Experts warn that economic stimulus packages aimed at recovery from the impacts of COVID-19 need to focus on clean energy companies to support a green energy transition amid the lobbying battle between clean energy and fossil fuel companies.
The unprecedented spread of COVID-19 around the world has led to a dramatic drop in energy demand, particularly with decreasing oil demand as billions of people are in lockdown in their homes.
The lockdowns, curfews and travel limitations have hit a great number of companies with a fall in global economic activity.
As anticipated, companies are looking for bailout solutions against the damage of COVID-19, while at the same time governments are aiming for quick economic recovery through the control of the spread of COVID-19, which is relentlessly leading to millions of lost jobs.
This raises the risk of governments channeling more economic support to the fossil fuel industry and infrastructure investments similar to the situation after the 2008 financial crisis when these industries were targeted for their ability to provide more employment and a quick economic rebound.
However, this strategy raises the risk of ignoring clean energy investments to transition to a green economy.
According to the latest report by the International Renewable Energy Agency, transforming to a clean energy system could boost cumulative global GDP gains above business-as-usual by $98 trillion between now and 2050. It would also nearly quadruple renewable energy jobs to 42 million, expand employment in energy efficiency to 21 million, and add 15 million in system flexibility.
"The problem is that in general, fossil fuel companies are large and politically powerful. We know that they spend a lot of money on lobbying governments and many of them have very close ties to politicians whereas the renewable energy industry tends to be younger with less political influence," Michael Jacobs, professor of Political Economy at Sheffield University told Anadolu Agency.
According to Jacobs, the fight between fossil fuel companies and renewable companies also extends to a battle for public opinion.
"I think, it is going to be a big battle and it makes the public more important. The public needs to show that they care sufficiently about climate change and do not want all the money to go to fossil fuel industries but green projects," he said.
- Bailout of oil companies proves unprofitable
Jacobs explained that a return to higher oil prices would not necessarily mean back to business as normal.
"Companies need higher oil prices to be profitable but this is a structural problem in the long term. Even when economic conditions get back to normal, these companies will not be profitable but a lot of money will be spent. This is the worst way to spend the money of economic packages," he said noting the tendency in the U.S. to bail out wholly unprofitable industries.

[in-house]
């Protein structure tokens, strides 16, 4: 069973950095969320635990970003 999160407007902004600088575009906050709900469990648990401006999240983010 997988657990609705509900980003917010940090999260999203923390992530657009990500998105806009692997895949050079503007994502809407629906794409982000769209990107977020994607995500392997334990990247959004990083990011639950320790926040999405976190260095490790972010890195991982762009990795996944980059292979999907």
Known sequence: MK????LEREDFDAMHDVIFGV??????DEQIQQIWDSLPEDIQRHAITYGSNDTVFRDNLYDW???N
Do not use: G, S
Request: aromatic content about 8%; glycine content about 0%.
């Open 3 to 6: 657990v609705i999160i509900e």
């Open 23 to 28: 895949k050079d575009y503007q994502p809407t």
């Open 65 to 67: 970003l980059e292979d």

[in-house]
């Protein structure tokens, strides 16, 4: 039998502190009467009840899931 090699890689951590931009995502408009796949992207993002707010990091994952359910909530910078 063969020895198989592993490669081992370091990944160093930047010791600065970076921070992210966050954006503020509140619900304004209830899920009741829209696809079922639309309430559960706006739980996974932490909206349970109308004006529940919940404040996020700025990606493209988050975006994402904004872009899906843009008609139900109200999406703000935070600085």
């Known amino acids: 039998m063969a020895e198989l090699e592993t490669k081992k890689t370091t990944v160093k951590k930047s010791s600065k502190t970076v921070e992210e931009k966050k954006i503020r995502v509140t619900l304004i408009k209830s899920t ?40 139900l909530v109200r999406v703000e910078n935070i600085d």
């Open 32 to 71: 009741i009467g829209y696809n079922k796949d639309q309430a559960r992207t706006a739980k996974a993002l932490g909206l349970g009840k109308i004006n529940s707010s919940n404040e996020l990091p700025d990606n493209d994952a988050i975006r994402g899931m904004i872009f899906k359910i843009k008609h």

WTI crude oil fell Monday into negative territory for the first time in history. The price of WTI under the futures contract, which expires Tuesday, fell to as low as -$37.63 by plummeting more than -290%, indicating that the massive oversupply against low demand is forcing suppliers to pay buyers to unload their inventory.
However, President Donald Trump, a firm supporter of the oil and gas industry, said he would step in to help these companies out.
"We will never let the great U.S. Oil & Gas Industry down. I have instructed the Secretary of Energy and Secretary of the Treasury to formulate a plan which will make funds available so that these very important companies and jobs will be secured long into the future," Trump said in this Twitter account after the historic negative prices were reported.
Jacobs also highlighted that spending money to save the fossil fuel industry is a big threat to the fight against climate change.
He stressed that in addition to the oil and gas industry, several other sectors such as airlines, airports, and car manufacturers are also seeking government bailout packages.
"These companies that are in real trouble will likely be helped out,” he said, but he questioned whether governments would give money to these companies without making any preconditions or the need to have any control over them through taking equity stakes in these companies.
- Governments should not fall prey to short-term lobbying interests
Ronan Palmer, leader of the U.K.-based independent climate change think tank E3G’s clean economy program, said there could be a very acute battle over how the money in stimulus packages gets spent.
"Governments need to think very carefully and strategically about this because otherwise, they will just fall prey to short term lobbying interests particularly the kind of power of incumbents who tend to be fossil fuel incumbents," he said.
Palmer cited examples of some coal companies in Europe that have become very vocal in rallying support. "
"If you look at the existing sectors that are very dependent on fossil fuels, they have moved very quickly to claim their stakes on some of this money," he said, adding that governments need to support long-term energy transition for a net-zero society, which will be in everyone’s national interest.
By Nuran Erkul Kaya